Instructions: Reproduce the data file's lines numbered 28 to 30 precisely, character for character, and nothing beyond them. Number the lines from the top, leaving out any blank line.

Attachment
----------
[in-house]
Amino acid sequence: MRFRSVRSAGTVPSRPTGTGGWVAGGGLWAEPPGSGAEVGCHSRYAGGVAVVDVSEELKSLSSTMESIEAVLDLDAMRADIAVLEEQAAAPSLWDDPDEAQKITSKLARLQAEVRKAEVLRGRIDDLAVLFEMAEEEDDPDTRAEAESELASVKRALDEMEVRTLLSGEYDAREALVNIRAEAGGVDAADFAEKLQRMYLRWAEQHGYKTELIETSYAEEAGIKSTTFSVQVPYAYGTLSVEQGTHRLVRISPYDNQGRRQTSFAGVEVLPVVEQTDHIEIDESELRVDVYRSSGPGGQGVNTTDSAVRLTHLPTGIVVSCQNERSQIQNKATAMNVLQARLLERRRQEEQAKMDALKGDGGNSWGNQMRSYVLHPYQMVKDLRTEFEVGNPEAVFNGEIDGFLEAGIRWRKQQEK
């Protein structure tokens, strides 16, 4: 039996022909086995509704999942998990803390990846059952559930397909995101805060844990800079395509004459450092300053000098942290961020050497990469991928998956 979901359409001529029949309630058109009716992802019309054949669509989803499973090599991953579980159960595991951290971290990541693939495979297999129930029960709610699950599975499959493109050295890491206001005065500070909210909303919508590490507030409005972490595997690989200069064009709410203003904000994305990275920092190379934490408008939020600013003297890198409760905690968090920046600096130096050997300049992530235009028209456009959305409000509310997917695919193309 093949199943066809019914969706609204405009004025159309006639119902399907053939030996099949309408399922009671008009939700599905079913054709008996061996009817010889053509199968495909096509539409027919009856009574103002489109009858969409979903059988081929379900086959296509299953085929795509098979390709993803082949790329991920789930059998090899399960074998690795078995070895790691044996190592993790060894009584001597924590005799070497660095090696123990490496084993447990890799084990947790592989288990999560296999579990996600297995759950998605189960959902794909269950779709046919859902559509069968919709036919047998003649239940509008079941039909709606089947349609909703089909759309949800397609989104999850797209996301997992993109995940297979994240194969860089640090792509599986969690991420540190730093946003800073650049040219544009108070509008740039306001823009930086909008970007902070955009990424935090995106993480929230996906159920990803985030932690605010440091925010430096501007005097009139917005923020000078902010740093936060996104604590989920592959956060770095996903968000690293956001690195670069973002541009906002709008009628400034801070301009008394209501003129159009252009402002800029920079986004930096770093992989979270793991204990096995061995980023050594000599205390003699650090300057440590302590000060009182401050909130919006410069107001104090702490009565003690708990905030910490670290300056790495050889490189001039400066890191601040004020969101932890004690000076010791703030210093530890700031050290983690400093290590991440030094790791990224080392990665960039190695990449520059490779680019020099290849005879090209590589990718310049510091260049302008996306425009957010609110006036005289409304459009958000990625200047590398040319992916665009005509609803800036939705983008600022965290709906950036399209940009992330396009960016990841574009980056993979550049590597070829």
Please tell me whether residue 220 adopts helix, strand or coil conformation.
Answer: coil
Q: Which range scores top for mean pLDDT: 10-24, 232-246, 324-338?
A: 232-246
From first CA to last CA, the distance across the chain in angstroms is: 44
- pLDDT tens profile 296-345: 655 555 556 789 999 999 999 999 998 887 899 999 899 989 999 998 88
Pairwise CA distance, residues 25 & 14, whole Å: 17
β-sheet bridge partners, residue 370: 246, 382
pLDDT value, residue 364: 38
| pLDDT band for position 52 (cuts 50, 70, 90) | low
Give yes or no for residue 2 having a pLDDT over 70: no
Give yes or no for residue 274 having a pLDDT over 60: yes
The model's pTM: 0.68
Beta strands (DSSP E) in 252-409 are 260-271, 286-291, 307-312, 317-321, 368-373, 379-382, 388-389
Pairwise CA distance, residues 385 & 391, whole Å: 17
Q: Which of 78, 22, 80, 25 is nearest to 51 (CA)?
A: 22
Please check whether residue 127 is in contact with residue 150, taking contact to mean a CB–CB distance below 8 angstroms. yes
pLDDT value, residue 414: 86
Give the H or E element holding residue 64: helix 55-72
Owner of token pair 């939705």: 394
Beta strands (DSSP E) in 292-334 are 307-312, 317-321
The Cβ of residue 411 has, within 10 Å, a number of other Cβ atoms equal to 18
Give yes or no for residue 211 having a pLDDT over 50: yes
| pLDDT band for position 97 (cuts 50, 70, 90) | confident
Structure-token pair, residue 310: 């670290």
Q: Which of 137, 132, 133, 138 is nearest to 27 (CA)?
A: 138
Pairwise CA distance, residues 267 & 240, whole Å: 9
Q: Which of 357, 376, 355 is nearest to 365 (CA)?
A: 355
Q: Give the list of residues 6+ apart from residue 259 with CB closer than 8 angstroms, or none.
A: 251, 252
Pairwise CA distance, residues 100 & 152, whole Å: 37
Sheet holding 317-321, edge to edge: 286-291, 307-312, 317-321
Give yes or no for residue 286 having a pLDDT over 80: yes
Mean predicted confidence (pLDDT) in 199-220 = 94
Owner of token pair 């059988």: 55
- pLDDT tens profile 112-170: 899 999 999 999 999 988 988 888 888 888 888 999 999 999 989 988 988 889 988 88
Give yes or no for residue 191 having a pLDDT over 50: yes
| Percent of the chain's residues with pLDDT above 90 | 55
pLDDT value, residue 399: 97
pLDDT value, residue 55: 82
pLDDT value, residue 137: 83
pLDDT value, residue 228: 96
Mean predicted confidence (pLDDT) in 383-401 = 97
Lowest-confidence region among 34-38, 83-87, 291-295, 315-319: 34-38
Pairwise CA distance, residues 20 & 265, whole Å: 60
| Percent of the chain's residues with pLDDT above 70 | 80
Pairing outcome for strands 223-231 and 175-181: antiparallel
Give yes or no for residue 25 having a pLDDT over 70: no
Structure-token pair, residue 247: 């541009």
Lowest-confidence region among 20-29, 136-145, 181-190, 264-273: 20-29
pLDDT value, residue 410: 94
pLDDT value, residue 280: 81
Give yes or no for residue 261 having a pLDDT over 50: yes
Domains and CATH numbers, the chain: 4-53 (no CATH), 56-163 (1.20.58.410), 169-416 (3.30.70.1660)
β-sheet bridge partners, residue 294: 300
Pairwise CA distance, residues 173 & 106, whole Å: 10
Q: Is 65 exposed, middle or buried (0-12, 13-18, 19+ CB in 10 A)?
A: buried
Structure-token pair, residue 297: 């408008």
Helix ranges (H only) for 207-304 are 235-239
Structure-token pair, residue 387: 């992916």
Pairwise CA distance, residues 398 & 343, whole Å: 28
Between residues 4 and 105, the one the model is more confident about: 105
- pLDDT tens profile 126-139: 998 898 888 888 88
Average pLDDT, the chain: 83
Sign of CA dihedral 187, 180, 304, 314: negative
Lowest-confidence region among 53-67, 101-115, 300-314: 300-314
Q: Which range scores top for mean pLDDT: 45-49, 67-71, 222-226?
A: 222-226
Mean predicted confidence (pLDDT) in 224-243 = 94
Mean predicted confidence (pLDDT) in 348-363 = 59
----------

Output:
| pLDDT band for position 97 (cuts 50, 70, 90) | confident
Structure-token pair, residue 310: 């670290």
Q: Which of 137, 132, 133, 138 is nearest to 27 (CA)?